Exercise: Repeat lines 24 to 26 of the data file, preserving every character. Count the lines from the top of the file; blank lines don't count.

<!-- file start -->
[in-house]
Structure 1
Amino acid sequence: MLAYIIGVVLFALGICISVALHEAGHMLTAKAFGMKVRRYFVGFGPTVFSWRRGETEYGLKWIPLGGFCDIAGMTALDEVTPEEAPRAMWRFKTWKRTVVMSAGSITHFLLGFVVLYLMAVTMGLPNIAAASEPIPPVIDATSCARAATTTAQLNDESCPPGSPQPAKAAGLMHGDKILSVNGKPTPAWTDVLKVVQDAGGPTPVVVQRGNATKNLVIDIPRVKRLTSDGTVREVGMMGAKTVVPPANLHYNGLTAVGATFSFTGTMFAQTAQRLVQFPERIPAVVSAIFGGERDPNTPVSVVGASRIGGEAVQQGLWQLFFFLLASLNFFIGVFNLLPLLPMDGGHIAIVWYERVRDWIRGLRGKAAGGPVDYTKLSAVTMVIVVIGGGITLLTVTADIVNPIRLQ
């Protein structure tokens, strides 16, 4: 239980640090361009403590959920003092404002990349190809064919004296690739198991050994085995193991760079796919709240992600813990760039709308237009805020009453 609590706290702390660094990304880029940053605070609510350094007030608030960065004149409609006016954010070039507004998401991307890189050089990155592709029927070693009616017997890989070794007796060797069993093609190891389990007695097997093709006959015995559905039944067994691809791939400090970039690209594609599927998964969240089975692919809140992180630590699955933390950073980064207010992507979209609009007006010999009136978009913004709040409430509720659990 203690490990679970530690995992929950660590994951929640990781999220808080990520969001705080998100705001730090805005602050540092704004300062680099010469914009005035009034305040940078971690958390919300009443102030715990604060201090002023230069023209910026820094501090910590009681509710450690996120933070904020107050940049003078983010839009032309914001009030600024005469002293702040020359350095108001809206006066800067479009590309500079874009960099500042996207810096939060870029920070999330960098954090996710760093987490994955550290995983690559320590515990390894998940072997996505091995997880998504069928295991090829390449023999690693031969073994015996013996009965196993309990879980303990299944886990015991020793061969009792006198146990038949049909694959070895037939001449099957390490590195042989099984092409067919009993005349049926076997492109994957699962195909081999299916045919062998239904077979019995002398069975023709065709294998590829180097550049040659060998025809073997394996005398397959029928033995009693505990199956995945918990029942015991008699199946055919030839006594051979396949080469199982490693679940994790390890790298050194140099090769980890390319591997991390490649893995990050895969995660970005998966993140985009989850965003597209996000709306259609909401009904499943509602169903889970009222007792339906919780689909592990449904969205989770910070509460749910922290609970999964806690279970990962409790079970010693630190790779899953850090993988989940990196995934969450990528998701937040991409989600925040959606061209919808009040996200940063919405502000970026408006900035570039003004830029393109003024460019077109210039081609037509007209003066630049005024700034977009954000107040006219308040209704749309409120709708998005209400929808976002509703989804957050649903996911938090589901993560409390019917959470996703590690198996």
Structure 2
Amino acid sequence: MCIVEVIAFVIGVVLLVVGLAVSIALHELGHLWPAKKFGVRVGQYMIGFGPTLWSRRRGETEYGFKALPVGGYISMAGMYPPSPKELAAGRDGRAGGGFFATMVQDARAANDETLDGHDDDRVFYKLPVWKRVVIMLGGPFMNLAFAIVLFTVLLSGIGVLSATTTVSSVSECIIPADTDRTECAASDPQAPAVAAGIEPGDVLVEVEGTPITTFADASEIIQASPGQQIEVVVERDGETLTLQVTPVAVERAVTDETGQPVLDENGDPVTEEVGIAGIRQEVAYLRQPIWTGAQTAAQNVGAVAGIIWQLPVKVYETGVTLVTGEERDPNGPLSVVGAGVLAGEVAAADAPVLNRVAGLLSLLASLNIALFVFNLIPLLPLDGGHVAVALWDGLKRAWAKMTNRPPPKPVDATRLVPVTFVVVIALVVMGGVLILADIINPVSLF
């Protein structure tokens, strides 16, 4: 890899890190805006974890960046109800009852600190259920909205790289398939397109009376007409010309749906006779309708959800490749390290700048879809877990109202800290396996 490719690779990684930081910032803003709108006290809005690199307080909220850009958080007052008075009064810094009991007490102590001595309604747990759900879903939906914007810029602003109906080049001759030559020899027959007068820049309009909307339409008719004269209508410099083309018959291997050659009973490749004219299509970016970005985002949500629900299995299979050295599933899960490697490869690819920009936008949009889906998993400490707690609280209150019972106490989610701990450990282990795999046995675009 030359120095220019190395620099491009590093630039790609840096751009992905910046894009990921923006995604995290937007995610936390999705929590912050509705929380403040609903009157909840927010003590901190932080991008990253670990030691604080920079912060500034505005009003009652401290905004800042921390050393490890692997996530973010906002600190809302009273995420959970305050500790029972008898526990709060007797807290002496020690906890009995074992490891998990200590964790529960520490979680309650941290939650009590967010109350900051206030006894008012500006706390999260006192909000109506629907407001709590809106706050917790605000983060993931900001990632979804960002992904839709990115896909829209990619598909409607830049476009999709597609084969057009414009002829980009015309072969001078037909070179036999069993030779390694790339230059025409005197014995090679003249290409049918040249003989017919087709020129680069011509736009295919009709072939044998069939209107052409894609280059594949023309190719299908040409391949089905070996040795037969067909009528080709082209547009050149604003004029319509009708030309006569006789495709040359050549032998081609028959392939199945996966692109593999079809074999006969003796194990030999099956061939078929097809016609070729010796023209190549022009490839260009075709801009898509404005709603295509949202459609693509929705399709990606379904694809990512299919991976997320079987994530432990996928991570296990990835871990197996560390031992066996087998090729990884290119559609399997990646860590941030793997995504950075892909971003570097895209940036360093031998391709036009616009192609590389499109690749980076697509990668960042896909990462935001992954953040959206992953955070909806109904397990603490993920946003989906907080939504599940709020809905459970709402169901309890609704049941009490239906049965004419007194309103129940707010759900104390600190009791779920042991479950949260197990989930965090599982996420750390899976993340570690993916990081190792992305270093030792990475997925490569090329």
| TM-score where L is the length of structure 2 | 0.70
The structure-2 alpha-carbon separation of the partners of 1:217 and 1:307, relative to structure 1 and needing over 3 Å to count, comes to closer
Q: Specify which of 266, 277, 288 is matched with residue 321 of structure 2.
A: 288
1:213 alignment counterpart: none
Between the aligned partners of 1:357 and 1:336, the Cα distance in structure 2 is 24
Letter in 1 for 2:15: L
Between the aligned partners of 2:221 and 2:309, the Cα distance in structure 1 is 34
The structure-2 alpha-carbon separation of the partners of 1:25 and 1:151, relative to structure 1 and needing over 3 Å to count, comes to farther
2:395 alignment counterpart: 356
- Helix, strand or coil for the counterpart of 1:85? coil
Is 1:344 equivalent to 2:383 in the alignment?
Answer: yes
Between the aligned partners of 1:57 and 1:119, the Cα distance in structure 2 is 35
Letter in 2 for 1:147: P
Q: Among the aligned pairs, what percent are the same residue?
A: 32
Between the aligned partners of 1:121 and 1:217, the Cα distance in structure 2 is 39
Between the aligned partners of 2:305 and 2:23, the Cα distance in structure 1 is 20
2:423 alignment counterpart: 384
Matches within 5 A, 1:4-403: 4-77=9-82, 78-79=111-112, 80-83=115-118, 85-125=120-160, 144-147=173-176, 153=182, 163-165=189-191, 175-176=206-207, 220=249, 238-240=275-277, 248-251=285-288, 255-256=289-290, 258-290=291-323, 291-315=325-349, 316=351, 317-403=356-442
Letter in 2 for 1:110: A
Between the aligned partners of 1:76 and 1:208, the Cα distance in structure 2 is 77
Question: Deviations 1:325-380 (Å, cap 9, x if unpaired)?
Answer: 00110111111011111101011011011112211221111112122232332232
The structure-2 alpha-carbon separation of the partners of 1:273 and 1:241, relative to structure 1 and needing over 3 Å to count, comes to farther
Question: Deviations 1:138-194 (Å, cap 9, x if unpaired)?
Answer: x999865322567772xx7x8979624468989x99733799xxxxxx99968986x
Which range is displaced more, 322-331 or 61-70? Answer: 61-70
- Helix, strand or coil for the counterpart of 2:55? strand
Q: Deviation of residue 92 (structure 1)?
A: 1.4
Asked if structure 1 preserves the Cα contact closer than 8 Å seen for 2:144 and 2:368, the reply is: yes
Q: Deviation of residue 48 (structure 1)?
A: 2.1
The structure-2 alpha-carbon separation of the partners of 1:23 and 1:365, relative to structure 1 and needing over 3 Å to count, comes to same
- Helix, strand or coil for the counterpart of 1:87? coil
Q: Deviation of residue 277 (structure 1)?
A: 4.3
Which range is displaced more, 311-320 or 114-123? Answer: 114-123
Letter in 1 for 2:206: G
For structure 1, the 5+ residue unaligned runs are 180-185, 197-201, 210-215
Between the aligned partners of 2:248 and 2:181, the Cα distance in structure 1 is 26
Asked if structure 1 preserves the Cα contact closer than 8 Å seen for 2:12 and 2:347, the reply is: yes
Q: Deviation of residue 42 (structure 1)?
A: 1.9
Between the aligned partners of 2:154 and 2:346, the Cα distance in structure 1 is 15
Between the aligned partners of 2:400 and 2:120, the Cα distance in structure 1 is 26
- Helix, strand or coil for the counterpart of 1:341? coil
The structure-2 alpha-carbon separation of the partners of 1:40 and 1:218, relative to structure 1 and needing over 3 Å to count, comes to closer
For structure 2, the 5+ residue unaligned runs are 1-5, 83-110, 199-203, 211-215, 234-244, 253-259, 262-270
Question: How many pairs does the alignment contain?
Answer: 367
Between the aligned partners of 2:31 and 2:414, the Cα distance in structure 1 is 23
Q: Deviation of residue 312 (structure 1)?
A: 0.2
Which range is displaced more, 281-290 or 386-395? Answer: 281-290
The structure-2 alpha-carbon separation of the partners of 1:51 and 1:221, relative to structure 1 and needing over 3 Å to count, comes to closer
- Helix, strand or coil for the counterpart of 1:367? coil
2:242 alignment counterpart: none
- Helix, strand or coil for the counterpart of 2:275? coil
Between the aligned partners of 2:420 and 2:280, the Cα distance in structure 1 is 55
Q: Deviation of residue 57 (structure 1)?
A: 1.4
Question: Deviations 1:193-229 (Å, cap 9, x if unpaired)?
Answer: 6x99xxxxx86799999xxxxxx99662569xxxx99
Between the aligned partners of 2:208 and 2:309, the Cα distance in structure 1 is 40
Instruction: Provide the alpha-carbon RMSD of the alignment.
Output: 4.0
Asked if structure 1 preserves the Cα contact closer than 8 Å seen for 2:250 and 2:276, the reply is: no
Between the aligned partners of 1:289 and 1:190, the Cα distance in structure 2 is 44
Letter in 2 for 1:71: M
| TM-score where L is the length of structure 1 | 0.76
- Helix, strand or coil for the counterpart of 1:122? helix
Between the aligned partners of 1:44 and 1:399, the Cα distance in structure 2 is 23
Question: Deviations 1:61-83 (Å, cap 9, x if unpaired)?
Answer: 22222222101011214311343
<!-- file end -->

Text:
A: 32
Between the aligned partners of 1:121 and 1:217, the Cα distance in structure 2 is 39
Between the aligned partners of 2:305 and 2:23, the Cα distance in structure 1 is 20